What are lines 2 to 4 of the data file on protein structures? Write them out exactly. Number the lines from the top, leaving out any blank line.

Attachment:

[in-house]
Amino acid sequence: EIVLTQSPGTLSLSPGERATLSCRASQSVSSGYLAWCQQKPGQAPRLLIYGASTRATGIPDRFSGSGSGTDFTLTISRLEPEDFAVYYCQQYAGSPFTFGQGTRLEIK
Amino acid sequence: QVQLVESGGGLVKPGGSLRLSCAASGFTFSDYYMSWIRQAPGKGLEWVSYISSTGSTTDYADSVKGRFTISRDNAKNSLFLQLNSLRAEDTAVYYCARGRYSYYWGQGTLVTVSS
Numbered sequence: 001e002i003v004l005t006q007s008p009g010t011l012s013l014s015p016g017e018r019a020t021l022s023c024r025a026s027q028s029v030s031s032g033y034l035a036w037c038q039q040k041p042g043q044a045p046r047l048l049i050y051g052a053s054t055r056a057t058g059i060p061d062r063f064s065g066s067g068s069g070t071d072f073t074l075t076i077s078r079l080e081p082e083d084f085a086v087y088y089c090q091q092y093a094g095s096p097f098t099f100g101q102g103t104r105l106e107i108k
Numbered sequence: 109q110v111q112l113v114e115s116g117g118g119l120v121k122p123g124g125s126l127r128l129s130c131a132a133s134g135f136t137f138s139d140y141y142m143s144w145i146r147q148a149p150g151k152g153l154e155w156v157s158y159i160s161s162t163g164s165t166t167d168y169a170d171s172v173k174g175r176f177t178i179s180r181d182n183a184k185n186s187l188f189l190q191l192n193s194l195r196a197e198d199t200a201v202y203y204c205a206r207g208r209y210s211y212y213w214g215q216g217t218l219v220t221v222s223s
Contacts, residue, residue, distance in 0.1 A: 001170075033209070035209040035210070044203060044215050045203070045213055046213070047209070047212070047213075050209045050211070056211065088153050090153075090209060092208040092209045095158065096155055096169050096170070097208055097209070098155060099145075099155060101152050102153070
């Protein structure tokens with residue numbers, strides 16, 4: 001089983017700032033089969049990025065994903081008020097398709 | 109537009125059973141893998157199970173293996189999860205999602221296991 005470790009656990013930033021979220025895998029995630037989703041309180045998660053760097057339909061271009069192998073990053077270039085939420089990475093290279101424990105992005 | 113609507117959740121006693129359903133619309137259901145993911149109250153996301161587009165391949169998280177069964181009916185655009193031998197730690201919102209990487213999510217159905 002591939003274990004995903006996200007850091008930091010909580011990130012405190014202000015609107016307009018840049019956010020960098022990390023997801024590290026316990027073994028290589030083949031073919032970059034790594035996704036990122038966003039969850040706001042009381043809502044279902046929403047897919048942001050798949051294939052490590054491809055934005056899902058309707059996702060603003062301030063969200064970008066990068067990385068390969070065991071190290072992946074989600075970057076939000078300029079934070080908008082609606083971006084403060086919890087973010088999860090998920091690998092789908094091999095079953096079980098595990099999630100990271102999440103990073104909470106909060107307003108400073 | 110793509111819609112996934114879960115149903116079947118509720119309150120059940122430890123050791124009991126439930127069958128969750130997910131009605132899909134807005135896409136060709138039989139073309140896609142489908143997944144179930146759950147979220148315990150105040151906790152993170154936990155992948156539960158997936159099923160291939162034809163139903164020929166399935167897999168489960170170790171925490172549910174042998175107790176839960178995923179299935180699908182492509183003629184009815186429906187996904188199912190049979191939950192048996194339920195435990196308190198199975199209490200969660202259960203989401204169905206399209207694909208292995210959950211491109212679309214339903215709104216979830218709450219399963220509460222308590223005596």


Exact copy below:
Amino acid sequence: EIVLTQSPGTLSLSPGERATLSCRASQSVSSGYLAWCQQKPGQAPRLLIYGASTRATGIPDRFSGSGSGTDFTLTISRLEPEDFAVYYCQQYAGSPFTFGQGTRLEIK
Amino acid sequence: QVQLVESGGGLVKPGGSLRLSCAASGFTFSDYYMSWIRQAPGKGLEWVSYISSTGSTTDYADSVKGRFTISRDNAKNSLFLQLNSLRAEDTAVYYCARGRYSYYWGQGTLVTVSS
Numbered sequence: 001e002i003v004l005t006q007s008p009g010t011l012s013l014s015p016g017e018r019a020t021l022s023c024r025a026s027q028s029v030s031s032g033y034l035a036w037c038q039q040k041p042g043q044a045p046r047l048l049i050y051g052a053s054t055r056a057t058g059i060p061d062r063f064s065g066s067g068s069g070t071d072f073t074l075t076i077s078r079l080e081p082e083d084f085a086v087y088y089c090q091q092y093a094g095s096p097f098t099f100g101q102g103t104r105l106e107i108k